Adele Adkins, known to many simply as Adele, is not yet 20 but already the British singer-songwriter is getting comparisons to Amy Winehouse, just minus the paparazzi, drug busts and continual controversies.
"It's a bit confusing and quite overwhelming," Atkins says from a London cab. "But to be honest all of the people around me -- like my friends, my mum, my band -- I've known forever. If I even tried to be a diva or get carried away with myself I'd be put back in place."
In mere months, the musician, playing a sold-out show next Wednesday at the Rivoli, has gone from virtual unknown to ending up on several lists of artists to watch for in 2008. Her debut album 19, which could do for her what 1999's On How Life Is did for Macy Gray, went to No. 1 on the British charts and cracked the top 20 in Canada in its first week.
Adele, who had only three songs when she signed her record deal in October of 2006, had a span of eight or nine months where she wrote nothing for 19.
"I write songs I can relate to and I didn't want to write a song about something I made up or something about someone else's problems or situations. It was difficult admitting things to myself that I didn't really want to but I had to so I could write an honest record."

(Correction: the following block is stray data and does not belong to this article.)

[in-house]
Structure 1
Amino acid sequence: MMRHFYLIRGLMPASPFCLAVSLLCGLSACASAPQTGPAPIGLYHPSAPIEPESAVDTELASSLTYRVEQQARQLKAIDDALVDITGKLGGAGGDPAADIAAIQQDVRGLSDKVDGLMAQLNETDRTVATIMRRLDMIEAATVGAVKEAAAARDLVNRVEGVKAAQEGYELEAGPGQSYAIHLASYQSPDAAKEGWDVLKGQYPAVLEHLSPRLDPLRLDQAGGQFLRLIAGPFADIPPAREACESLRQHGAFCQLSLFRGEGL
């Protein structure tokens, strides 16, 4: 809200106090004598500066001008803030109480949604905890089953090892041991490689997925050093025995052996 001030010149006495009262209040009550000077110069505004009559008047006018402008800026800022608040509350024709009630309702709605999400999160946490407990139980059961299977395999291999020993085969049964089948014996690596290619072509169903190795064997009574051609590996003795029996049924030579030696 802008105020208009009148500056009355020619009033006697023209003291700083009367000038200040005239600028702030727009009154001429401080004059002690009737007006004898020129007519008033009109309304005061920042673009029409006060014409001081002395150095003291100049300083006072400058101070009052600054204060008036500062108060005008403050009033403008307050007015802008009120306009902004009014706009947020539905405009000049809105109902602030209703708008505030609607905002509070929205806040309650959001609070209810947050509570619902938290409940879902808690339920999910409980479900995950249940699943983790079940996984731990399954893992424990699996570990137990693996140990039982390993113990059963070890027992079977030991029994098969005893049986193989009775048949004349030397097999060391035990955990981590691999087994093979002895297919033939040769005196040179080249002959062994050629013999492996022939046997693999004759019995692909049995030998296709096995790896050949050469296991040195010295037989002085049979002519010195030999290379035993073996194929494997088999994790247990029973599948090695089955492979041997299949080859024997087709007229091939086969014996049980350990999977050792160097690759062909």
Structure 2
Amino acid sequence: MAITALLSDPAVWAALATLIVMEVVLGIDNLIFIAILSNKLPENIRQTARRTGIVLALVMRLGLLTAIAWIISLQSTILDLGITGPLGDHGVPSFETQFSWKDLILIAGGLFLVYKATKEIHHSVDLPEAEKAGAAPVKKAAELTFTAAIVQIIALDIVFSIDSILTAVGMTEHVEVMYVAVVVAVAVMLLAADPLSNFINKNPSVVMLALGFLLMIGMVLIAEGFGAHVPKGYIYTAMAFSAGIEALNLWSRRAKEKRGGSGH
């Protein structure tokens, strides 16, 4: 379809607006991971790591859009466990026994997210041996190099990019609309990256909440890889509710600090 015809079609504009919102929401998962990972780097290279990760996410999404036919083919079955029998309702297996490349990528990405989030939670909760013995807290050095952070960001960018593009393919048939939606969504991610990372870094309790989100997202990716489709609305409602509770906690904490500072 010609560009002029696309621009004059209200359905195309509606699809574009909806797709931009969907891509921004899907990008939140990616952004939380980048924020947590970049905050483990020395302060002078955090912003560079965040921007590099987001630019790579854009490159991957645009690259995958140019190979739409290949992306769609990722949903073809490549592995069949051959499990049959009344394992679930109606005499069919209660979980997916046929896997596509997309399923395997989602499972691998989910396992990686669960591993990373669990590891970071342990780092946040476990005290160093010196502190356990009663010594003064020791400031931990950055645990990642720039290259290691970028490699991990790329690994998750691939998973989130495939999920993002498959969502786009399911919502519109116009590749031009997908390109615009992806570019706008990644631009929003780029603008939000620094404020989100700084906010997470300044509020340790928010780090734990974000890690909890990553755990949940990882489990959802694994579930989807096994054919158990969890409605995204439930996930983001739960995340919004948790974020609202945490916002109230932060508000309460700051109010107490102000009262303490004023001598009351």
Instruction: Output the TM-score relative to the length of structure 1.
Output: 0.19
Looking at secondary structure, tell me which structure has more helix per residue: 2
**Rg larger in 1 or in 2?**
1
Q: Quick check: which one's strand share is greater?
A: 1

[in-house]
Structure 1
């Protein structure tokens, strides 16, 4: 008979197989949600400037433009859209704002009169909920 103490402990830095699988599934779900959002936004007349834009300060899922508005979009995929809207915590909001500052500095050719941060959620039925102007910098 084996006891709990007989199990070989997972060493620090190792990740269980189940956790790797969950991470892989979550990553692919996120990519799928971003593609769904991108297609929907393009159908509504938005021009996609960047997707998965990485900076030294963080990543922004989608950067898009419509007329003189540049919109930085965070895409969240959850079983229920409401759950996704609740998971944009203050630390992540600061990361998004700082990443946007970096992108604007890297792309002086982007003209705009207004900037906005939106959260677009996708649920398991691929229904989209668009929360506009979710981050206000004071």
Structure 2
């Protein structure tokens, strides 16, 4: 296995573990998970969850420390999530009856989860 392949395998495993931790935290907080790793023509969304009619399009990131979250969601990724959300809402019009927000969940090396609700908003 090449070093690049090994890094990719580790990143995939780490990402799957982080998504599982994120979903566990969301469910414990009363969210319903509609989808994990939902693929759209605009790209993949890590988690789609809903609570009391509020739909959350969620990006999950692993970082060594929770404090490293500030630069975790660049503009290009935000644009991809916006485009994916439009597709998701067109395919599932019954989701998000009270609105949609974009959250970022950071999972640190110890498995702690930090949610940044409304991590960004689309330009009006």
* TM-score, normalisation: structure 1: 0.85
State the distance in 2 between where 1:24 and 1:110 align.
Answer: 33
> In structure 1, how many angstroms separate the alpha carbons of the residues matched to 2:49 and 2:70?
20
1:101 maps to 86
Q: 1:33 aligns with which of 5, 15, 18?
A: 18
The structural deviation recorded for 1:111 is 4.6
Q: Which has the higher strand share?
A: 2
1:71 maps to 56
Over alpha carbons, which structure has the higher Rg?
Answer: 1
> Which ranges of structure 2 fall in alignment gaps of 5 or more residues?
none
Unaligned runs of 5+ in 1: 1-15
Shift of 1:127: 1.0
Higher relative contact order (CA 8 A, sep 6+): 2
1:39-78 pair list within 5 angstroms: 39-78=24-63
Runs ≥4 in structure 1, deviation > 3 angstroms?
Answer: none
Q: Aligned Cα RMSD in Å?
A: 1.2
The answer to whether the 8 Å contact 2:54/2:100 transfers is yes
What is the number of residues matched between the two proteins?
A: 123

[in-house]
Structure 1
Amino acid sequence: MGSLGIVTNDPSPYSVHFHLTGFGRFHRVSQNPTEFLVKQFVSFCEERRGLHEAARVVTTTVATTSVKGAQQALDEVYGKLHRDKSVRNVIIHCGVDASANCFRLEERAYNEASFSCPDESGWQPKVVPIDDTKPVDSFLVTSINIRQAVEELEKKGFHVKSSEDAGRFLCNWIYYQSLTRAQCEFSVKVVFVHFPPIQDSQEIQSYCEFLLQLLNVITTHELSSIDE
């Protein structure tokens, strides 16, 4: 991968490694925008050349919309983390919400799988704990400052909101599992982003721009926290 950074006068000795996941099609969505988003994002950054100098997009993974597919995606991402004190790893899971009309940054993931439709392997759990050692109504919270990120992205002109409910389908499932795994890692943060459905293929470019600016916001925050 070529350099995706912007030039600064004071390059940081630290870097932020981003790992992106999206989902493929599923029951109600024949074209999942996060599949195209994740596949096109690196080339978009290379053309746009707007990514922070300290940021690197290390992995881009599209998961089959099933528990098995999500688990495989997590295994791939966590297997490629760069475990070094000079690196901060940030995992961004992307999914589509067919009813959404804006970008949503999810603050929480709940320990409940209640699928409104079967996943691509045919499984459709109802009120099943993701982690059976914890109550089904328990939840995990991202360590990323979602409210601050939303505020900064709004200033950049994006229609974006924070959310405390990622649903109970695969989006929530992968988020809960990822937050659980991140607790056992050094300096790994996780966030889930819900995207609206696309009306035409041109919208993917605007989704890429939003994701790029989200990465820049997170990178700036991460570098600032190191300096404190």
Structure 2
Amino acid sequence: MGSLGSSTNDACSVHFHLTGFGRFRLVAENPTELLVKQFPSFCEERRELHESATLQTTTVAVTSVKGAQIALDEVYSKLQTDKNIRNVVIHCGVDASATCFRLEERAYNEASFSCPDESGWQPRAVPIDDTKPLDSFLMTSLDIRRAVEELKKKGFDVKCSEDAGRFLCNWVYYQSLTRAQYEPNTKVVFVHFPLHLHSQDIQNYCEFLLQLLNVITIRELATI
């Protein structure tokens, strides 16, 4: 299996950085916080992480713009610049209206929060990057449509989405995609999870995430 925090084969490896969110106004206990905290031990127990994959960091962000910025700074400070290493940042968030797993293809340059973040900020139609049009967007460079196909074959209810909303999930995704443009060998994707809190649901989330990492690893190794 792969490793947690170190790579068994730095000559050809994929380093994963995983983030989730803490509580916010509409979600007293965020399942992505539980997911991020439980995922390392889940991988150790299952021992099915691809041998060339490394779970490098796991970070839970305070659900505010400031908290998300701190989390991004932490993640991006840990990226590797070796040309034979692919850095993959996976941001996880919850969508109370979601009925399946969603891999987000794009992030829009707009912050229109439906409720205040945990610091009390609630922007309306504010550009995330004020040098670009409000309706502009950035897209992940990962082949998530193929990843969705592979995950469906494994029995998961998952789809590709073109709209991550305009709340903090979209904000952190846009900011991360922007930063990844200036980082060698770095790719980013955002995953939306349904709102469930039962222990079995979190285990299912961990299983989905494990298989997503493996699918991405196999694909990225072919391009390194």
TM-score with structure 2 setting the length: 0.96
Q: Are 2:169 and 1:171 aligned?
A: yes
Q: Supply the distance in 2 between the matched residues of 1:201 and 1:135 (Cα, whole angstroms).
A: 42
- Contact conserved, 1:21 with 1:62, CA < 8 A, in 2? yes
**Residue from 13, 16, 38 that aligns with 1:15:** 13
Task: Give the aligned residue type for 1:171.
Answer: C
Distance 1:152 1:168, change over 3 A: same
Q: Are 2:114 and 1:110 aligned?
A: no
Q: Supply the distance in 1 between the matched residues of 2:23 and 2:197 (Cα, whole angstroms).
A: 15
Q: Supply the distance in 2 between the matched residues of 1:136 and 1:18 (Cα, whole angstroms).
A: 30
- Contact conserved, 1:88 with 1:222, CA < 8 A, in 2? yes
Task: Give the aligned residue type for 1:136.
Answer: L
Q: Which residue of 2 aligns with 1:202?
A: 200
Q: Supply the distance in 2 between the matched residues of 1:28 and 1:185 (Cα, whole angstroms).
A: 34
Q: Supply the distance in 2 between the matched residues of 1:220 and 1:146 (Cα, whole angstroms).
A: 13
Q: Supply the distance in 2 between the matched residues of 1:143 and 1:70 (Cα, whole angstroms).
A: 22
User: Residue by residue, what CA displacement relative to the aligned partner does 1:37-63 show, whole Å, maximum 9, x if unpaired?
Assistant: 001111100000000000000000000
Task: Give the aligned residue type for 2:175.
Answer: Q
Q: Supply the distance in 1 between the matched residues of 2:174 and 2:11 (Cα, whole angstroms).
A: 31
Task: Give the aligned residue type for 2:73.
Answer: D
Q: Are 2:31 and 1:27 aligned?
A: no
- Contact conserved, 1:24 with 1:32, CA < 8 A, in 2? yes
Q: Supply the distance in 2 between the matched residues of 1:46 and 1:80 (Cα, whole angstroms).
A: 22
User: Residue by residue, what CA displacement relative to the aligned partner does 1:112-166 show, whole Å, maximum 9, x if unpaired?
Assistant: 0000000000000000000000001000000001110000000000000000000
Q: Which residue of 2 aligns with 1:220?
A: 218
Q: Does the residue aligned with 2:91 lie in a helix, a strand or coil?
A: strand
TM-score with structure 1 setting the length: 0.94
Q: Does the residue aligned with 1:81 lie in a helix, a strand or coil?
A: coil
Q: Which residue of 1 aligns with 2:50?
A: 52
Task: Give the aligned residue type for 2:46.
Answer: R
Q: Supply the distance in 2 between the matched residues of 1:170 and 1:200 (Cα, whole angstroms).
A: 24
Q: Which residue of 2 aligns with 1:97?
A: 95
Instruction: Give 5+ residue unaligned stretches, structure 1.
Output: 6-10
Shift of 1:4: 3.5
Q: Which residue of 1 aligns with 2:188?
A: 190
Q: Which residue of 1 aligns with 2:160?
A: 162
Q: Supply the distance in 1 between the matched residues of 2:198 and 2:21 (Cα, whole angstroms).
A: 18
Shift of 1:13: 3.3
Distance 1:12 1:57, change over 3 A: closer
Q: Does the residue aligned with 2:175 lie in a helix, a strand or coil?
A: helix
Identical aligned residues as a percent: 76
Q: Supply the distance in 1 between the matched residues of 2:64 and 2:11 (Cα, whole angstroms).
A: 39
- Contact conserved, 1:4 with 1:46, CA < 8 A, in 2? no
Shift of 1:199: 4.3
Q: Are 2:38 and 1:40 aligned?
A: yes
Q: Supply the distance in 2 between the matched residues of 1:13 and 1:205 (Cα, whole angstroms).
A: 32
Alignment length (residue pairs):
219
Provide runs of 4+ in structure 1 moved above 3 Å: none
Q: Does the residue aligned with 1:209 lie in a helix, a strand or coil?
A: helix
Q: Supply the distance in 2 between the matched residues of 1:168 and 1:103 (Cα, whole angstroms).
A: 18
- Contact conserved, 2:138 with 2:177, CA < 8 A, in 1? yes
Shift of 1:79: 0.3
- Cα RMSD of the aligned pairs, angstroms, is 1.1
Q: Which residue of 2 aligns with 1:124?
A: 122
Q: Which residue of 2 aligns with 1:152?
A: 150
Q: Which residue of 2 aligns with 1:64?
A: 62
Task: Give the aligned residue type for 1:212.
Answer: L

19 will strike many as a very soulful, soothing album from top to bottom, highlighted by the single Chasing Pavements Adele wrote following a "full-blown" fight with an ex-boyfriend. Other standouts include the Patsy Cline-ish Crazy For You and the groovy Best For Last.
The record also contains the leadoff track Daydreamer. Based on a beau Adele had, it reads as your typical love song: girl meets boy, girl falls in love with boy but boy likes both girls and boys, resulting in boy running off with another boy.
"I had no problem with him being bisexual, but I can't fight off girls and boys and I get jealous enough as it is," she says. "It's about everything I was hoping he'd be and we'd be but he would never be and we would never be. So it's me daydreaming about him."
Although Adele wrote all but one of the songs, she's especially proud of how her cover of Bob Dylan's Make You Feel My Love turned out, a last-minute addition to the record. Her manager turned her onto the song after constantly praising it.
"I never really wanted to do a cover because I never felt that I could do other people's songs' justice," she says. "He played it to me and I was like, 'All right, it sounds nice but I can't understand the lyrics.' I got the lyrics and listened to the song again and they were some of the most beautiful lyrics that I ever heard or sung. For me it sums up everything that I've been trying to write in my lyrics."
The one thing she won't be doing though is starting up a "super group" with fellow British singers Kate Nash, Lily Allen and Amy Winehouse as reported in some magazines. This despite the fact all attended the same London performing arts high school.
"That was so out of context, completely out of context," Adele says. "Journalists always try to make it out that we're rivals. I said we're not rivals and in fact I'd bet we'd be the best girl group ever and it got blown out of proportion. I like all of them and we're not rivals."
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